Vol. LXIII, No. 25
Wednesday, June 24, 2009
(Photo by Bill Allen/NJ SportAction)
POWER STEERING: Princeton University senior coxswain Dave Cleveland, far left, steers the Tiger mens lightweight first varsity through a recent training session on Lake Carnegie. This spring, Cleveland guided Princeton to an undefeated season with Eastern Sprints and Intercollegiate Rowing Association (IRA) titles along the way. Next week, Cleveland and the Tigers will look to culminate their spring in smashing fashion as they compete in the famed Henley Royal Regatta near London, England.
Dave Cleveland enjoyed an early run of success in his career as a crew coxswain.
Getting into the sport as a freshman at the Tabor Academy (Mass.), Cleveland culminated his high school career by coxing a four for the U.S. at the Junior World Rowing Championships.
The Devon, Pa. native joined the Princeton University mens lightweight program in 2005 and helped guide the freshman eight to the Eastern Sprints title.
But Cleveland ran into some rough water after that as he found himself stuck behind first varsity cox Sarah Sherman the next two years.
By the time Sarah Cummings had reached her teenage years, flying into an axel jump on the ice was second nature.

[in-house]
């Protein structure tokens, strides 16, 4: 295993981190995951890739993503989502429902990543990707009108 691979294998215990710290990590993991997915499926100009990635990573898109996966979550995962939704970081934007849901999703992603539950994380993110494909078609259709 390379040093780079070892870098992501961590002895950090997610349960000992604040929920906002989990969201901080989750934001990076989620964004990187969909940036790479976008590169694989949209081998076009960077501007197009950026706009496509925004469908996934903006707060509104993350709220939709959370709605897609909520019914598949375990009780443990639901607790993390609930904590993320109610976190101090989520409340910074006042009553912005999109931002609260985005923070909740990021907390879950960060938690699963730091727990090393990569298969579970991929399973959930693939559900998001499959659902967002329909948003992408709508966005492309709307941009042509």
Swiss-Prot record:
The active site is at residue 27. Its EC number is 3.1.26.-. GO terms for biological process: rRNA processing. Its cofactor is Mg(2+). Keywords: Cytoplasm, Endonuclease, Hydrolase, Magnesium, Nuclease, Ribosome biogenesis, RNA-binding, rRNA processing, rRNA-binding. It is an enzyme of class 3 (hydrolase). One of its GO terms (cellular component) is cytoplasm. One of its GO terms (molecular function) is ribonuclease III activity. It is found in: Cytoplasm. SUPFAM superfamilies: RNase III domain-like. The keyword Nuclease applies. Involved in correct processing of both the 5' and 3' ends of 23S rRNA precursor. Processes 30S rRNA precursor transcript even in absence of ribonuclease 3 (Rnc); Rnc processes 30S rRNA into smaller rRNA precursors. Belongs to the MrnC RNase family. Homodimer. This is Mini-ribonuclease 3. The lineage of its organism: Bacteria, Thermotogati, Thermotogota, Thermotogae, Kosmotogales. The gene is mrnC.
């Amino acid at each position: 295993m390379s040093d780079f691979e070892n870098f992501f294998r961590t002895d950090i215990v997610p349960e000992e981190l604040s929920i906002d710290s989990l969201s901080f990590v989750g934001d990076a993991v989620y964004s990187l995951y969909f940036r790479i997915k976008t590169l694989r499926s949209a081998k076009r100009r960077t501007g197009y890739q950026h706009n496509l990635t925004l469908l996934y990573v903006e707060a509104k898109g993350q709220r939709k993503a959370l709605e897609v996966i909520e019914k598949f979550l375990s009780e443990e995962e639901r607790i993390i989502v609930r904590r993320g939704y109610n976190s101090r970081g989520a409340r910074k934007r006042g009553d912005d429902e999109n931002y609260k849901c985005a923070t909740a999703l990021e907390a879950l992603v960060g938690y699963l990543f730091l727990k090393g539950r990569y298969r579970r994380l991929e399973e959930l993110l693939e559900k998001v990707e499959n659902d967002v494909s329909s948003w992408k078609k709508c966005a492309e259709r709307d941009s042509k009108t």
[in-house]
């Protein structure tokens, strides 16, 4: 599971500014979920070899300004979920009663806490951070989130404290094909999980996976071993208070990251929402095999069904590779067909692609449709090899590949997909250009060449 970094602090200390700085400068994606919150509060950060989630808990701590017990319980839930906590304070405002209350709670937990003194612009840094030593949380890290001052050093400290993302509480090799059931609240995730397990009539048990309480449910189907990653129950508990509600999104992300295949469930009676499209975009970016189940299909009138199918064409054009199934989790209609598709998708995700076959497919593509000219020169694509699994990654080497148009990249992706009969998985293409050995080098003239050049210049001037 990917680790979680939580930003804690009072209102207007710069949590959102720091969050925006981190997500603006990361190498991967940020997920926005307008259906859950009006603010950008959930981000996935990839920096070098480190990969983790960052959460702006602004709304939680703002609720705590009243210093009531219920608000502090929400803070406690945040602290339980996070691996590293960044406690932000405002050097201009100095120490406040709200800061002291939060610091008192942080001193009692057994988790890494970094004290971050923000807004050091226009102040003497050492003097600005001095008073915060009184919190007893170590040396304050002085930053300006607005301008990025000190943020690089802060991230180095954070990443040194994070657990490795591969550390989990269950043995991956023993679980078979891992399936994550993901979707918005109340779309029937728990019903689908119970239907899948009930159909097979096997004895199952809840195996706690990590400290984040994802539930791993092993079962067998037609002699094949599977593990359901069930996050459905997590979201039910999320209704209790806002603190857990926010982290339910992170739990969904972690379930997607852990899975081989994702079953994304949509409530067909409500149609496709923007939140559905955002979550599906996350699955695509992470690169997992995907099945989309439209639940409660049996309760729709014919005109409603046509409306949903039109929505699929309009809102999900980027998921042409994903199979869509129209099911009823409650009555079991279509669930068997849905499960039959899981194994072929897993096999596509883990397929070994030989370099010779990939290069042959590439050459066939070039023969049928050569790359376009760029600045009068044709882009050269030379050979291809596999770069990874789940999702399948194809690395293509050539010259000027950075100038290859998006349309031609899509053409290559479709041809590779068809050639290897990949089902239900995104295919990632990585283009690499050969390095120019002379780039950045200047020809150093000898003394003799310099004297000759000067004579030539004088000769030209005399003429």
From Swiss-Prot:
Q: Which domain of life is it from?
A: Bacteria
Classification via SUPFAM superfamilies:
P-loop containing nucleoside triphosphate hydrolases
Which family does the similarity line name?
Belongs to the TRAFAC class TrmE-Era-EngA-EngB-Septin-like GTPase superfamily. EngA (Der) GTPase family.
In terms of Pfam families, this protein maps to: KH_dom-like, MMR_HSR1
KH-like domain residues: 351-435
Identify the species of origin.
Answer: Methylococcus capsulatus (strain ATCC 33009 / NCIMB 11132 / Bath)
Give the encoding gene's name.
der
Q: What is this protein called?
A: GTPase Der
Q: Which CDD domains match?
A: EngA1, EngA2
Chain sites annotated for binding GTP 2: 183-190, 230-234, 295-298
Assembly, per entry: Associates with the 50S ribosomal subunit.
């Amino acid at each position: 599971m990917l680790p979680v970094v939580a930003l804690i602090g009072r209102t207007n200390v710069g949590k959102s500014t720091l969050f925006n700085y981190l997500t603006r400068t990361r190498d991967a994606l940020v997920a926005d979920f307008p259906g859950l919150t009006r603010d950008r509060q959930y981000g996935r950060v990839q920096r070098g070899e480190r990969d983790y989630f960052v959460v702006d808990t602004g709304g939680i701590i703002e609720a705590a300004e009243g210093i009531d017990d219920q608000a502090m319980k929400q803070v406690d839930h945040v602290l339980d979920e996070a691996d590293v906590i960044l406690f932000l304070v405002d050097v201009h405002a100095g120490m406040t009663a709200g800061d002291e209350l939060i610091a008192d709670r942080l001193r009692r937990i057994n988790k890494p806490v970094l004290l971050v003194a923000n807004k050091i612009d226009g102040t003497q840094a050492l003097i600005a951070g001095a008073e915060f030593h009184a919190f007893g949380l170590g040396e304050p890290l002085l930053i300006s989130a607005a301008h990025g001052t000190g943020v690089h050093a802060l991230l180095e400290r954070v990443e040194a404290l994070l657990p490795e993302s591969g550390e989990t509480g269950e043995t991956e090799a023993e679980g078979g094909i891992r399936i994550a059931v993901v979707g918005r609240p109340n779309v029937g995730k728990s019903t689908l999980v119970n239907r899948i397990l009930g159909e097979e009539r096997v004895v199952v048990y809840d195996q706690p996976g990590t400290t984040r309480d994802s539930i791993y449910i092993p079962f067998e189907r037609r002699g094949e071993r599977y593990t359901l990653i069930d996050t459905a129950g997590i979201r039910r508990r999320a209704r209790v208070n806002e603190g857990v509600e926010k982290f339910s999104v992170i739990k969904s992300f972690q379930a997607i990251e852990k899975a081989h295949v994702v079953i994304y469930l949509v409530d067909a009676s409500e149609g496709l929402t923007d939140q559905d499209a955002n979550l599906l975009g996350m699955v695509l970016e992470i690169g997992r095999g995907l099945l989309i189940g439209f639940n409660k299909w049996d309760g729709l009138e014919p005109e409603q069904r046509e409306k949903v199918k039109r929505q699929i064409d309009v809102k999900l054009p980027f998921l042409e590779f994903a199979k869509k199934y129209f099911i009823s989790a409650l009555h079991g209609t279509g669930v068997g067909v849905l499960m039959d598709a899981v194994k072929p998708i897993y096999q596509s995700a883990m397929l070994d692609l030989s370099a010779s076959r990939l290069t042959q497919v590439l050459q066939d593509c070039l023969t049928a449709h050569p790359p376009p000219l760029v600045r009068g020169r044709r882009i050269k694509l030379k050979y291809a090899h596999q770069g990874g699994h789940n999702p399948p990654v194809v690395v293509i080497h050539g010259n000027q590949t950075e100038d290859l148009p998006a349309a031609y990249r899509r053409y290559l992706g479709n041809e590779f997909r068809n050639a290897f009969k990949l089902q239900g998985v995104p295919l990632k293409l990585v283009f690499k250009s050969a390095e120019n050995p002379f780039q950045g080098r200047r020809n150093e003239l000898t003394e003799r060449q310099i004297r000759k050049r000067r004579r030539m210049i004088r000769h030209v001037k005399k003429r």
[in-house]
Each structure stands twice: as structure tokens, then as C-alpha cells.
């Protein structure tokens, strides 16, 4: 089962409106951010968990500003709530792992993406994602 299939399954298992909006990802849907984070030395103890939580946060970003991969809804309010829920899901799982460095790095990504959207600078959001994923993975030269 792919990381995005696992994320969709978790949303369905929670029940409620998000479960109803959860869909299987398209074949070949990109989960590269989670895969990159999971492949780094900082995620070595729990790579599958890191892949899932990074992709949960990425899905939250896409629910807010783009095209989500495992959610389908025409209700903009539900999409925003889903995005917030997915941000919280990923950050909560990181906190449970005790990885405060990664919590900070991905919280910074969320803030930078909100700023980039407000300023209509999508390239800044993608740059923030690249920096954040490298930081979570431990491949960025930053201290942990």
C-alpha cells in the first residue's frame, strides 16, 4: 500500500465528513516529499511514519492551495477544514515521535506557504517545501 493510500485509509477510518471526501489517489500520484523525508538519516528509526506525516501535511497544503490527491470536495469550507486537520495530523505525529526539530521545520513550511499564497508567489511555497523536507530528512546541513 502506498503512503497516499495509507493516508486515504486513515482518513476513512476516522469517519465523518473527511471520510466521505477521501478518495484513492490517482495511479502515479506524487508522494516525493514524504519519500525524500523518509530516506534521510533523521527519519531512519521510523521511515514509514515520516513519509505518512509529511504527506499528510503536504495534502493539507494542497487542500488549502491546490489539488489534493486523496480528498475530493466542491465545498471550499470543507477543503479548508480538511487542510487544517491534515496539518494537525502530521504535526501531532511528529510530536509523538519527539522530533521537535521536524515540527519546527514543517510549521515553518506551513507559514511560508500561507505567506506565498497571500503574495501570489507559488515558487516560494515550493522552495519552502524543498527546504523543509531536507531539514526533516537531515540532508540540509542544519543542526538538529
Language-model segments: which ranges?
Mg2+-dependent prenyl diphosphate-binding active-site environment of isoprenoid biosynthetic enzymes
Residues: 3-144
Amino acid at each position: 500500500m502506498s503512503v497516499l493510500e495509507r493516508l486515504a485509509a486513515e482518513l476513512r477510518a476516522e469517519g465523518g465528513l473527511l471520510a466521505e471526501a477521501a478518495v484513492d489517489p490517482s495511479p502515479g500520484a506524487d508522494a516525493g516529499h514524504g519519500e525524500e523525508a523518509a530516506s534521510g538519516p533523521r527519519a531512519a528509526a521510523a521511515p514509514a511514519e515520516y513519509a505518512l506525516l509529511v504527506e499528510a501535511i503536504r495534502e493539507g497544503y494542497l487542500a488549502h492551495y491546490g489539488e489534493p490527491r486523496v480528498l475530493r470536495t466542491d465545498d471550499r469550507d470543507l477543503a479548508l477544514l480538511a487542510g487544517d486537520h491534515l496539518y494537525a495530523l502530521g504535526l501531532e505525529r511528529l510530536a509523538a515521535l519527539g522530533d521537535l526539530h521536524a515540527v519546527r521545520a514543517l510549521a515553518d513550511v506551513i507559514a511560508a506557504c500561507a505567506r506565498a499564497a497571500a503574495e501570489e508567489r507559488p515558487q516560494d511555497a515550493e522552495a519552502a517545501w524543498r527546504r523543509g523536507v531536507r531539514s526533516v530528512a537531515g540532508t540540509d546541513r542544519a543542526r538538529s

Having been a figure skater since age five, Cummings figured that any athletic success she would have during her time at Corona del Mar High in Newport Beach, Calif. would come on the ice.
But in the summer of 2003, Cummings rise up the figure skating ladder hit a snag.
Princeton Day School boys tennis player Neil Karandikar carried the weight of responsibility on his shoulders as he came into this spring.
After having played second singles in his first two seasons with the Panthers, Karandikar moved up to first singles this year, following in the considerable footsteps of the graduated Dave Holland, one of the best players in program history.
With Holland having won four straight state Prep B individual titles and three consecutive Mercer County Tournament crowns, Karandikar felt pressure to continue those streaks.
Moreover, with PDS featuring a younger team, the soft-spoken Karandikar knew he had to become more of a vocal team leader.
It didnt take long for the Alabama Crimson Tide to get rolling in the Princeton Girls Softball Association (PGSA) majors division championship game.
Playing at Community Park on June 13, the Tide jumped out to a 2-0 lead over the UCLA Bruins after two innings.
But then the skies opened up as a thunderstorm followed by a persistent downpour put the game on hold.
Chris Sanderson has given a lot to the game of lacrosse.
A native of Orangeville, Ontario, Sanderson came stateside in the late 1990s and starred as a goalie for the University of Virginia mens lacrosse team.
He helped the Cavaliers make two NCAA Final Fours and then played three times for Canada in three World Championship tournaments.
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